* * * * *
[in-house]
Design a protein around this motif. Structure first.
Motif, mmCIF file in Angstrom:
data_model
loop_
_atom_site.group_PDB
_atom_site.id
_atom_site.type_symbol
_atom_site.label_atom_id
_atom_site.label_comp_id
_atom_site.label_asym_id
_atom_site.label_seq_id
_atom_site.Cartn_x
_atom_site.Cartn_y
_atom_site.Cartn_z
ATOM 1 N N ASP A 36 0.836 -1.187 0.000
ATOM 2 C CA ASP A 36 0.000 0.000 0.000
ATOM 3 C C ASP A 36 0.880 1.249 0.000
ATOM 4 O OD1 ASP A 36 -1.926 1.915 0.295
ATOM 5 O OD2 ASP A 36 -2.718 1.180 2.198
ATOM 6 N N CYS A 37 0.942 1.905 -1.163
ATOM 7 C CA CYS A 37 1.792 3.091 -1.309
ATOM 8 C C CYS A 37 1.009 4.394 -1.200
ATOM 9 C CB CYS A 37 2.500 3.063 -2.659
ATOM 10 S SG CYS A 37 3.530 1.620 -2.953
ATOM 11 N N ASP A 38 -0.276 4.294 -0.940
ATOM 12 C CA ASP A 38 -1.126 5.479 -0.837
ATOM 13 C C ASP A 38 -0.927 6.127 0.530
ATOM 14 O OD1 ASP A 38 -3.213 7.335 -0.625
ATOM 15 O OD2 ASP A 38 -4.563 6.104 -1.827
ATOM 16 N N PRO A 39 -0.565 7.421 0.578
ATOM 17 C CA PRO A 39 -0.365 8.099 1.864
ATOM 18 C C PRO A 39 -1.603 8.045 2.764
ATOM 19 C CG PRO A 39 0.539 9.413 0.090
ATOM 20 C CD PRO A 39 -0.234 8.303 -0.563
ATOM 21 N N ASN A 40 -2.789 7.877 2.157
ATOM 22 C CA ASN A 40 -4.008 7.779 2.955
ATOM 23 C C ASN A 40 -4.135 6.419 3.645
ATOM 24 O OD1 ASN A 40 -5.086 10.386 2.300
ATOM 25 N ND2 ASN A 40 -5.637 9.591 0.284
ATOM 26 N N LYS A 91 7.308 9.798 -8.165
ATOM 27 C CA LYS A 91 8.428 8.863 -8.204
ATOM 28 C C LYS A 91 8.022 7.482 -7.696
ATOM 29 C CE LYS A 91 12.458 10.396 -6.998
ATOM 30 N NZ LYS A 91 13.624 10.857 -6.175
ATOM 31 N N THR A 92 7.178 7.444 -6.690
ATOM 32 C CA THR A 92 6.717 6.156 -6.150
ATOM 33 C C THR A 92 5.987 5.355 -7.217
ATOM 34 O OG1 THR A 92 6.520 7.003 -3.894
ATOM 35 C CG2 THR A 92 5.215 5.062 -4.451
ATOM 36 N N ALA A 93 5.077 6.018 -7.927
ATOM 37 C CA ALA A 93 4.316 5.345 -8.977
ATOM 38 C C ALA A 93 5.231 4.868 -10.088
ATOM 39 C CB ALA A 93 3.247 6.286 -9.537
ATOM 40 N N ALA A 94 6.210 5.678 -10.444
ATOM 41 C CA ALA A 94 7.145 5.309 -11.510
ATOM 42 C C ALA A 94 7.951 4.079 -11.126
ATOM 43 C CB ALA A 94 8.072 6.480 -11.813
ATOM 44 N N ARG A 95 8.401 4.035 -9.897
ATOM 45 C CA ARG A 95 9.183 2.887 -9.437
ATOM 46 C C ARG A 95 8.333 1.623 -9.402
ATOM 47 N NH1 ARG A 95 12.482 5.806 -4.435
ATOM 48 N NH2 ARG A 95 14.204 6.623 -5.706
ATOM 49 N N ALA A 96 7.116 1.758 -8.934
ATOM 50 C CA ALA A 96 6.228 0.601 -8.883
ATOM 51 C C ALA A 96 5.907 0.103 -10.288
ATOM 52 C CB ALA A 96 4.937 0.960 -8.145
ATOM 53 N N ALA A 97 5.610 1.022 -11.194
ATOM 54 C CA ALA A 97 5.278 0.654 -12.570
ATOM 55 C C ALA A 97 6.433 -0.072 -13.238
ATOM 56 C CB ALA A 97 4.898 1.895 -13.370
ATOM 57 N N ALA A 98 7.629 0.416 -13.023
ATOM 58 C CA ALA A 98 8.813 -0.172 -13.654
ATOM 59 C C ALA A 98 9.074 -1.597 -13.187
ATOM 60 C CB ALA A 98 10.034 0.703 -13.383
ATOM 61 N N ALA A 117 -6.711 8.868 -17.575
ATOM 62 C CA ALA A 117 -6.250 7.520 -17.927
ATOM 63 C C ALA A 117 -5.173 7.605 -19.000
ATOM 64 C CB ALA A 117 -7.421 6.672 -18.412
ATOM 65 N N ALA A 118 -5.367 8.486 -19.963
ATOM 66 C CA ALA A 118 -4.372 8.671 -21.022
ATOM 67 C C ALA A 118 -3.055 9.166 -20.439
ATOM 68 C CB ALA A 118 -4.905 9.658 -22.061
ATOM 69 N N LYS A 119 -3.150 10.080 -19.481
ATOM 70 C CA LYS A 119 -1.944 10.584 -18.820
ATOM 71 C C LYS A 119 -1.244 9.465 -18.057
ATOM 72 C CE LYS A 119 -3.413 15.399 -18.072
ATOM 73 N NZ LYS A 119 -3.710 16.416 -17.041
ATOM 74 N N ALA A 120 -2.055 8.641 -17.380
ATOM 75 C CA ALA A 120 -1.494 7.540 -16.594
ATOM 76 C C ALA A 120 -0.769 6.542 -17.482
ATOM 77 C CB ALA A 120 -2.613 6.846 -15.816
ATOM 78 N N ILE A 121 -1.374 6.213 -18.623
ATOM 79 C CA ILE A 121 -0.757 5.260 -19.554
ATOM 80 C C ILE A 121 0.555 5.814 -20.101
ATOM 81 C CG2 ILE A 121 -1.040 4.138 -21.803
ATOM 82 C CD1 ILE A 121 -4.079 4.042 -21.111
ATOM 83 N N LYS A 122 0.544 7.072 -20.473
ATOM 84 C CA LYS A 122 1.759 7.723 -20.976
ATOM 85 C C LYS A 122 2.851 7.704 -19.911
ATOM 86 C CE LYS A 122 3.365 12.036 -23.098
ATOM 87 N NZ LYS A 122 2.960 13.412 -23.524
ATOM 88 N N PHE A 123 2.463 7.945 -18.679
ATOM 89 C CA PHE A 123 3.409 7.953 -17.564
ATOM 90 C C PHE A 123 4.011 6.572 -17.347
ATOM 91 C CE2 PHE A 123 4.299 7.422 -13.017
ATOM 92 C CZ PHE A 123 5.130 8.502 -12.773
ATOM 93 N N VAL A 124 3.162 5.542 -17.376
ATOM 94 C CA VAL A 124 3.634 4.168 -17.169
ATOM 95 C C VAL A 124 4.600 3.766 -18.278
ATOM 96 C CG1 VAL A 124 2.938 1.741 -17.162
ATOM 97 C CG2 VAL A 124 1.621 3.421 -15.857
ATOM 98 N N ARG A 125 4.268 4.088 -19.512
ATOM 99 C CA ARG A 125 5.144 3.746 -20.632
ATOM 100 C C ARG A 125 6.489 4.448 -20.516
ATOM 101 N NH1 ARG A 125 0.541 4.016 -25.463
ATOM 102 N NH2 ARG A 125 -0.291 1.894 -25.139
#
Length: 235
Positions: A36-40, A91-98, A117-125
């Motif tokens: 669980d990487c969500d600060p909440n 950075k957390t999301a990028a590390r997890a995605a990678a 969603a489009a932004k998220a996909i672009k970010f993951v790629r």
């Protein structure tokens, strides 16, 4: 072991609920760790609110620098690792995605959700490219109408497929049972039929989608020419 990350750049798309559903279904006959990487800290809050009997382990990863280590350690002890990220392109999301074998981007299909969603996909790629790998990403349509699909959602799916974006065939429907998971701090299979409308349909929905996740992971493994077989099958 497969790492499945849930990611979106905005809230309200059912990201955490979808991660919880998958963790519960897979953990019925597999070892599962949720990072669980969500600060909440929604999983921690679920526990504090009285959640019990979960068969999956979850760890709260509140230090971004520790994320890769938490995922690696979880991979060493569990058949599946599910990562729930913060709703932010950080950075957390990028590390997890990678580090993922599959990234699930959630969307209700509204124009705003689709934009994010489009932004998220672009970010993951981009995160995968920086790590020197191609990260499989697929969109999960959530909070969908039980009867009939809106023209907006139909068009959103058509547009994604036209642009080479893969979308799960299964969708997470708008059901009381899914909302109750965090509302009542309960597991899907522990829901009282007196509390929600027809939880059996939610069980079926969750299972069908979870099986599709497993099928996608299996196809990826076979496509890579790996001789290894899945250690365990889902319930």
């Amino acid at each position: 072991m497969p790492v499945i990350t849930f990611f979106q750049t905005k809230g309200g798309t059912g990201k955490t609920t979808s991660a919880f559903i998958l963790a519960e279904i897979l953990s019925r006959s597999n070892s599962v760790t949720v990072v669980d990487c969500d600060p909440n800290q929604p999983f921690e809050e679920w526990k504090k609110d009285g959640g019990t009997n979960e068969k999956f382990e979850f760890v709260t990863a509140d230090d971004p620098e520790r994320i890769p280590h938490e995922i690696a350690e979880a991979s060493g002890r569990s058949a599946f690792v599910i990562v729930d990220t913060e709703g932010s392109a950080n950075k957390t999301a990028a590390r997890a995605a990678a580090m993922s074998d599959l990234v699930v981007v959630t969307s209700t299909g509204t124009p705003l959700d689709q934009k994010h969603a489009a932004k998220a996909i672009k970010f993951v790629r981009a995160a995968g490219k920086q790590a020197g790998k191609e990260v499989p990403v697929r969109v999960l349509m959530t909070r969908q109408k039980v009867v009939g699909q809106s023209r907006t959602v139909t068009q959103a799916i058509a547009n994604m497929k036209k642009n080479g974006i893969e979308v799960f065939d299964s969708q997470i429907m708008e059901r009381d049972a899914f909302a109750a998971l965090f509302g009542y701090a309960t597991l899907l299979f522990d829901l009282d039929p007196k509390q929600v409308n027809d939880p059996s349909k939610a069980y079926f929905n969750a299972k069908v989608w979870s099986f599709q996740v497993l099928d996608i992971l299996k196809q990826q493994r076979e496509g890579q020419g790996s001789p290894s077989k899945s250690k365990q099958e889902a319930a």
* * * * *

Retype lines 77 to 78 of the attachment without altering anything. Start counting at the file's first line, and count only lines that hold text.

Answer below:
ATOM 62 C CA ALA A 117 -6.250 7.520 -17.927
ATOM 63 C C ALA A 117 -5.173 7.605 -19.000